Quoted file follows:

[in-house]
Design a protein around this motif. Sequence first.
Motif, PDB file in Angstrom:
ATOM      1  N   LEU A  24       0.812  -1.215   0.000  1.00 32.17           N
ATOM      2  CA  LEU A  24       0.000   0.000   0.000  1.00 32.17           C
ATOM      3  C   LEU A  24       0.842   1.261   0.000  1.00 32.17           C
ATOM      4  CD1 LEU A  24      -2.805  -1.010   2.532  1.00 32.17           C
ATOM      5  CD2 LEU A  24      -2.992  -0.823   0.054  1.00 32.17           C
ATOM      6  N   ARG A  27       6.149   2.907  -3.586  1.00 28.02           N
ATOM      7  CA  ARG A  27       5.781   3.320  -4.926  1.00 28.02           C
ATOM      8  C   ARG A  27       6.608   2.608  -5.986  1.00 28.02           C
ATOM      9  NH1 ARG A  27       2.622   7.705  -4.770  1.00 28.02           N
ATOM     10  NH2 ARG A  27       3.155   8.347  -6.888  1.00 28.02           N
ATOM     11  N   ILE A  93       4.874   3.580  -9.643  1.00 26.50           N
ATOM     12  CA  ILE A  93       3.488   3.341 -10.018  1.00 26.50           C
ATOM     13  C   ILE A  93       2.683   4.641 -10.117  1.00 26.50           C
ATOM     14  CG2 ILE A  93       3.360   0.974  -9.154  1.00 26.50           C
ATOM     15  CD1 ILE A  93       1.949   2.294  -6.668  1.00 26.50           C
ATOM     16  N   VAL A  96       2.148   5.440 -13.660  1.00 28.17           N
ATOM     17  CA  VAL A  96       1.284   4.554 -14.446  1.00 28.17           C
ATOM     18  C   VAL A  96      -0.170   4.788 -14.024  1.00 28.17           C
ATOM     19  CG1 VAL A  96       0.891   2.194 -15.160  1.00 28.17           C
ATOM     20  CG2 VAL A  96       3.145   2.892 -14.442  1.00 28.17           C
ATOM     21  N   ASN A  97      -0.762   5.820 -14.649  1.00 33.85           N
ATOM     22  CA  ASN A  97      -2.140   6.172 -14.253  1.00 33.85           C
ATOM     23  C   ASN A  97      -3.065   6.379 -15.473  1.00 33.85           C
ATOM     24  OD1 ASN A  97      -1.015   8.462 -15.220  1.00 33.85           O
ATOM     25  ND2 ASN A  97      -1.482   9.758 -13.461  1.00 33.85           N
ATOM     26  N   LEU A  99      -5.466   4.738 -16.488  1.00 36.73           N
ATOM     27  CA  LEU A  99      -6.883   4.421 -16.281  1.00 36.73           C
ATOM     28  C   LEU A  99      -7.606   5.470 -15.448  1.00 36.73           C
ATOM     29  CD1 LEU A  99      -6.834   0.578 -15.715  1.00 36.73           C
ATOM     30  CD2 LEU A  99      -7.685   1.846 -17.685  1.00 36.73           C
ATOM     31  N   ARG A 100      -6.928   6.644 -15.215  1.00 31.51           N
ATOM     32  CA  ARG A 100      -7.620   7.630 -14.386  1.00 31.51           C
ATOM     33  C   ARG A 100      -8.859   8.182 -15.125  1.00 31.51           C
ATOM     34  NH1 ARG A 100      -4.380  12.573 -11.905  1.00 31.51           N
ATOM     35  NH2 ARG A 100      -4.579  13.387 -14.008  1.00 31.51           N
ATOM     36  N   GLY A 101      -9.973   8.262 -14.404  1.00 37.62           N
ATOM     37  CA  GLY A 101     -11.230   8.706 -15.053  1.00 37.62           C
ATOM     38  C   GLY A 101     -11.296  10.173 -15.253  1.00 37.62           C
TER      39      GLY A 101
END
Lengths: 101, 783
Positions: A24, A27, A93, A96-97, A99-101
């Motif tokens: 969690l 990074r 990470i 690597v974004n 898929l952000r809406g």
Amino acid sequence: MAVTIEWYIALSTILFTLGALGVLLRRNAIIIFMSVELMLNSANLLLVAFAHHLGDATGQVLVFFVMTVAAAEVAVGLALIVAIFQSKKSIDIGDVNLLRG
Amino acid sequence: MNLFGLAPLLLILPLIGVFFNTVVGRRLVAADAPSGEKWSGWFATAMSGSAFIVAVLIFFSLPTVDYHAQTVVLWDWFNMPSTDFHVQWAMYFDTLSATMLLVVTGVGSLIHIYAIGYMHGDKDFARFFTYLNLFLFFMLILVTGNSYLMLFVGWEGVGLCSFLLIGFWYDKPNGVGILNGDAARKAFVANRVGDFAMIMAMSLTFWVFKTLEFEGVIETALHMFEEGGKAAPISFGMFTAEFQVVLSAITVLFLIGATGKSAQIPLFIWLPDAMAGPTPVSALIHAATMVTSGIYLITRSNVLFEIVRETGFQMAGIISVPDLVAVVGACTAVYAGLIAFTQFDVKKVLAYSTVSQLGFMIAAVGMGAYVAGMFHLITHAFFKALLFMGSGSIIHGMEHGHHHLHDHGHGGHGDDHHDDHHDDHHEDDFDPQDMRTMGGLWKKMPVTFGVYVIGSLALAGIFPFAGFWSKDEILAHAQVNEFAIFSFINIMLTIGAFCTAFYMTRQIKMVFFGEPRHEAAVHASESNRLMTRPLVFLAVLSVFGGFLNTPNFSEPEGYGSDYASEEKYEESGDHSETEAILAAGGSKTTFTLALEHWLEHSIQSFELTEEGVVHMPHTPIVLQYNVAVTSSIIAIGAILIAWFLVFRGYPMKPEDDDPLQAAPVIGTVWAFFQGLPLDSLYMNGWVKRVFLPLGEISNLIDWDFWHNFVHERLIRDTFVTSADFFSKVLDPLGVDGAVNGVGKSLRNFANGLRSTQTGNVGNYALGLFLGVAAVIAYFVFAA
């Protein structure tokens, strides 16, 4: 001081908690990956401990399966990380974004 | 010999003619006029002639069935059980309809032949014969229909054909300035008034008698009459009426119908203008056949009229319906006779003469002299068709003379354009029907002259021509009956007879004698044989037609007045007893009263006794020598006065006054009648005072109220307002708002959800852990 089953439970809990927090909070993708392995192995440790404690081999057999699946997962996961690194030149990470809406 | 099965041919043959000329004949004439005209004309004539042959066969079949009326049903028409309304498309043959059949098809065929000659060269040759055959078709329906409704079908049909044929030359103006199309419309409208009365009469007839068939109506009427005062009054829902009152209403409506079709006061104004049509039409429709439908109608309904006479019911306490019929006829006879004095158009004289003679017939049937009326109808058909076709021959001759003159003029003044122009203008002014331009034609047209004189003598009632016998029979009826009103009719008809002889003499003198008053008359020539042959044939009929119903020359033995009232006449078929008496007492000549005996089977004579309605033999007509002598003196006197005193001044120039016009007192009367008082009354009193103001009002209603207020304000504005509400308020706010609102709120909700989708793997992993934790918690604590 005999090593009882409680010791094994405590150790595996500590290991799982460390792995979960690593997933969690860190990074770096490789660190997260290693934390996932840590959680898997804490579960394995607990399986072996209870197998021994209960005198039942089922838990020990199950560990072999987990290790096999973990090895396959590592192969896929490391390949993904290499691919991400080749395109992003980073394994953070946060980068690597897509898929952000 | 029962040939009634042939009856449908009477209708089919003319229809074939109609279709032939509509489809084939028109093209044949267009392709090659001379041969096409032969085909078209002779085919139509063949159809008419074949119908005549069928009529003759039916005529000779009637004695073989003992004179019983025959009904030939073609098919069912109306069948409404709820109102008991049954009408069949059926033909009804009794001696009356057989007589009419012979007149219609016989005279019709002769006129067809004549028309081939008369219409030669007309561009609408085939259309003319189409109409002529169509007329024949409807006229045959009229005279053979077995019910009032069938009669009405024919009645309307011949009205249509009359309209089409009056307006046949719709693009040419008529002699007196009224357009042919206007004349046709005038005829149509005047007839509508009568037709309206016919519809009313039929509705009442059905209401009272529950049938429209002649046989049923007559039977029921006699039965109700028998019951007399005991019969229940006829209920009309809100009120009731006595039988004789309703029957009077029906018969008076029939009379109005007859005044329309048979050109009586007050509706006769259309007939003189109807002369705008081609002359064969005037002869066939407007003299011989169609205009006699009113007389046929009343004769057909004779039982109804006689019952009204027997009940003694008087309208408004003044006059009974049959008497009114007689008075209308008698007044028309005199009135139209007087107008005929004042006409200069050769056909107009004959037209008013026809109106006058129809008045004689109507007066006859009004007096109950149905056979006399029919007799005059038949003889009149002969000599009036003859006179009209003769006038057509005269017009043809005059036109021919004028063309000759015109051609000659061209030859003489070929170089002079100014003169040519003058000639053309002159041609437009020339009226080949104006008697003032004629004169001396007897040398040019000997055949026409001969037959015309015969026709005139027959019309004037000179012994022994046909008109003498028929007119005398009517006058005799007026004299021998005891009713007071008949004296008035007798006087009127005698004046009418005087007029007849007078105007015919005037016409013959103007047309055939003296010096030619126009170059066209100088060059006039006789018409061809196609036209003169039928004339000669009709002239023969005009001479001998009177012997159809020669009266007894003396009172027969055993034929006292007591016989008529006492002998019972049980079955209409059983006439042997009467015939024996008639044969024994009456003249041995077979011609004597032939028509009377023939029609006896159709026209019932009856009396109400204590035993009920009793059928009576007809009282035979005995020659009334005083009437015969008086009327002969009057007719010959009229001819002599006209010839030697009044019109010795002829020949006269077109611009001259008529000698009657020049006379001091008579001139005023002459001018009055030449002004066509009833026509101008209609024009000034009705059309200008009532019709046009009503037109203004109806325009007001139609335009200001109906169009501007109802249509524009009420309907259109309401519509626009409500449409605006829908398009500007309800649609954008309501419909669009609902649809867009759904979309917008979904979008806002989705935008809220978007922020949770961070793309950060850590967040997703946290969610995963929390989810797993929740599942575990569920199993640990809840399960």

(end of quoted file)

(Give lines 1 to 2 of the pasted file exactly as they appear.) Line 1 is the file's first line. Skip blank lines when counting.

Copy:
[in-house]
Design a protein around this motif. Sequence first.